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GTPDD to move agency

April 5, 2011

By PAUL SIMS
sdnnews@bellsouth.net

A Starkville-based agency embroiled in the debate over sidewalk expansion in the city recently bought a former college in Webster County, leaving questions about its future in Oktibbeha County.
In September, Golden Triangle Planning and Development District Executive Director Rudy Johnson made what he called a “promise” to the Starkville Board of Aldermen he would move the agency into one of the other nine counties the entity serves over the city’s expectation sidewalks would be included in the construction of the proposed Senior Enrichment Center behind its facility on Miley Drive.
On Tuesday, after months of debate and revision, the Board of Aldermen passed on a 4-3 vote amendments to the ordinance allowing a variance process based solely on cost factors.
Consideration of the variance protocol came after Mayor Parker Wiseman issued a February veto on a measure which exempted Industrial Park Road, Airport Road, Miley Drive and Pollard Road.
During the final public hearing on the change in the ordinance, Ward 1 Alderman Ben Carver says he fears the way the city is proceeding with the issue will leave sidewalks spread out across Starkville instead of linked together.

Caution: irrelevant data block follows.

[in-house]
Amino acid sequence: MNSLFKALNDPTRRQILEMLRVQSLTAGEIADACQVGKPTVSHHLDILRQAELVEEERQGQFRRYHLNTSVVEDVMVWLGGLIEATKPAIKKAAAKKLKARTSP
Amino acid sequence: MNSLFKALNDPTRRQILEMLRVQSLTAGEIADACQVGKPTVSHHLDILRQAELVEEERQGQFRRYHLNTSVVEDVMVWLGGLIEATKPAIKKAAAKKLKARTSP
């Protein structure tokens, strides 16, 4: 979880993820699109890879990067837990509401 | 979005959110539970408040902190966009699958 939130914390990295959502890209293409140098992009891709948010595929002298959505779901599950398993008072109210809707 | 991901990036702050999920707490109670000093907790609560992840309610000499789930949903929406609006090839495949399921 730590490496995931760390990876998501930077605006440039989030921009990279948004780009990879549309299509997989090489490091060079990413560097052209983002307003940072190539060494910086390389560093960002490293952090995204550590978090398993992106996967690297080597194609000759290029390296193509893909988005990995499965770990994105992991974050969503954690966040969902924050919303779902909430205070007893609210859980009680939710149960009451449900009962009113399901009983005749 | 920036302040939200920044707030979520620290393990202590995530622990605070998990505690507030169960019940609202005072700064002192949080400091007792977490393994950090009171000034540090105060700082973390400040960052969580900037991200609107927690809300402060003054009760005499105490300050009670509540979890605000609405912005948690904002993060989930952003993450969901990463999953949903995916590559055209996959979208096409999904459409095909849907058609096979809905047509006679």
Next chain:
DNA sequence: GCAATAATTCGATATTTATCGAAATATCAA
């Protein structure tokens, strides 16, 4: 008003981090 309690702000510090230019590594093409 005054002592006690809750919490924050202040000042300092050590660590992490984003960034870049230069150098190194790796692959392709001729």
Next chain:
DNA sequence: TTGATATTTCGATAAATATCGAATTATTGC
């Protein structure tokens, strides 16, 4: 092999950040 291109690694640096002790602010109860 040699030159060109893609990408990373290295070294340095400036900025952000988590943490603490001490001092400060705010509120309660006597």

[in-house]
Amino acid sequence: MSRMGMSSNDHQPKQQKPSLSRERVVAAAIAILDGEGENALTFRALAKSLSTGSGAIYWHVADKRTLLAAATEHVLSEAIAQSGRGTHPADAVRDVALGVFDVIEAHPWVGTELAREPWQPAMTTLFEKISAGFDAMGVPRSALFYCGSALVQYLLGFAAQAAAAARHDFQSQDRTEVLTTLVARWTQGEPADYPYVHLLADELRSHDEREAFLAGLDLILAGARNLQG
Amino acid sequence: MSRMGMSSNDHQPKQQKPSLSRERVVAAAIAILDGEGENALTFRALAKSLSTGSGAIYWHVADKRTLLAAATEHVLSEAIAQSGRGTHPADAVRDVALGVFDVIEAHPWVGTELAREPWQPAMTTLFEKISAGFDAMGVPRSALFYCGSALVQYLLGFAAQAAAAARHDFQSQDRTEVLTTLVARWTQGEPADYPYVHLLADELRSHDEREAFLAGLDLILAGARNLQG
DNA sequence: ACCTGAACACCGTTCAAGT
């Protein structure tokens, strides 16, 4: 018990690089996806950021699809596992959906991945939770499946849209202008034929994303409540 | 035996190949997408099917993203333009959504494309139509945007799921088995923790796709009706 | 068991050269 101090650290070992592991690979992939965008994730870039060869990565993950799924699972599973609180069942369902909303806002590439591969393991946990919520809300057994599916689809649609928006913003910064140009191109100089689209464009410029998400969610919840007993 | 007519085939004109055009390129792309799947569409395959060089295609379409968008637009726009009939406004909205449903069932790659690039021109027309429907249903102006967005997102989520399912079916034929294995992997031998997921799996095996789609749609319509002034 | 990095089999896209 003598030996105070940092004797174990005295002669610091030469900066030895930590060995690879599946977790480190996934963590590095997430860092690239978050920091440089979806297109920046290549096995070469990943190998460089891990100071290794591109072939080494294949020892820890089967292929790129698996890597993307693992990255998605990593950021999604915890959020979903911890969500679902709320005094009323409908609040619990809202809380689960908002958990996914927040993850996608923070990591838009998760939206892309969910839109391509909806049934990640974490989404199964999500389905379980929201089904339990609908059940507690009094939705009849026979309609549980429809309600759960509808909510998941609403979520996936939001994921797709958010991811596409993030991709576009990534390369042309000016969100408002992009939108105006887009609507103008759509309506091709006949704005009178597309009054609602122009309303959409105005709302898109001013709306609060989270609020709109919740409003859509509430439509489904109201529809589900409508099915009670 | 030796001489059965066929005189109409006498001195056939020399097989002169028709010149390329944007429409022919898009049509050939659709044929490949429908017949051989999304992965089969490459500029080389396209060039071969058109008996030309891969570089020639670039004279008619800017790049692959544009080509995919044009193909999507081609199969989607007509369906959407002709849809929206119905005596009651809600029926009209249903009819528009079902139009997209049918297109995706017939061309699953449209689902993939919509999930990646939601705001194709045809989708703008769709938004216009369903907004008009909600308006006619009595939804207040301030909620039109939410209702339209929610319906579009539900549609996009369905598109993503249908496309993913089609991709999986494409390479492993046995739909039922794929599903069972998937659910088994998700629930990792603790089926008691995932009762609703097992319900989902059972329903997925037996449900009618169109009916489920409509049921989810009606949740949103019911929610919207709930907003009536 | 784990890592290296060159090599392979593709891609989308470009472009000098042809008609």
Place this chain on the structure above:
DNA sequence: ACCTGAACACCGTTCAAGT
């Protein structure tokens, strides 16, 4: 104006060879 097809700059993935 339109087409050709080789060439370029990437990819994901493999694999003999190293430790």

“You’ll have 20 to 30 years of scattered sidewalks throughout Starkville instead of move to an approach in which all sidewalks are connected at the same time,” Carver said.
Johnson reiterated his stance about the sidewalk issue earlier Tuesday afternoon.
“I’m not going to spend money foolishly. I’m not going to build a sidewalk,” Johnson said.
He said the purchase of the former Wood Junior College – which took place Monday – includes all buildings, equipment, land, houses which made up the college and totals approximately 400 acres.
This includes 245 acres inside Mathiston city limits which had been leased to the Methodists, Johnson said.
He declined to disclose the price the agency paid for the college.
Specifically, the agency bought four rental properties, the president’s home, six administration buildings, three dormitories and two maintenance facilities.
Johnson says officials do intend to get the property restarted as a community college.
“It’s a beautiful campus and I would hate for it to deteriorate,” he said.
Starkville architect Gary Shafer completed a comprehensive study on the college before it closed, Johnson said, adding he intends to get together with Shafer and see what his study says.
“There’s just a lot of planning right now we’re looking at. The options are really unlimited,” Johnson said.
When asked about plans for the Starkville facility, Johnson said: “I’m going to be at work in the morning.”
In an unrelated matter, the Starkville Board of Aldermen voted 4-3 to adopt changes to its sign ordinance, opting to include provisions requiring the phasing out of non-conforming signs over time.

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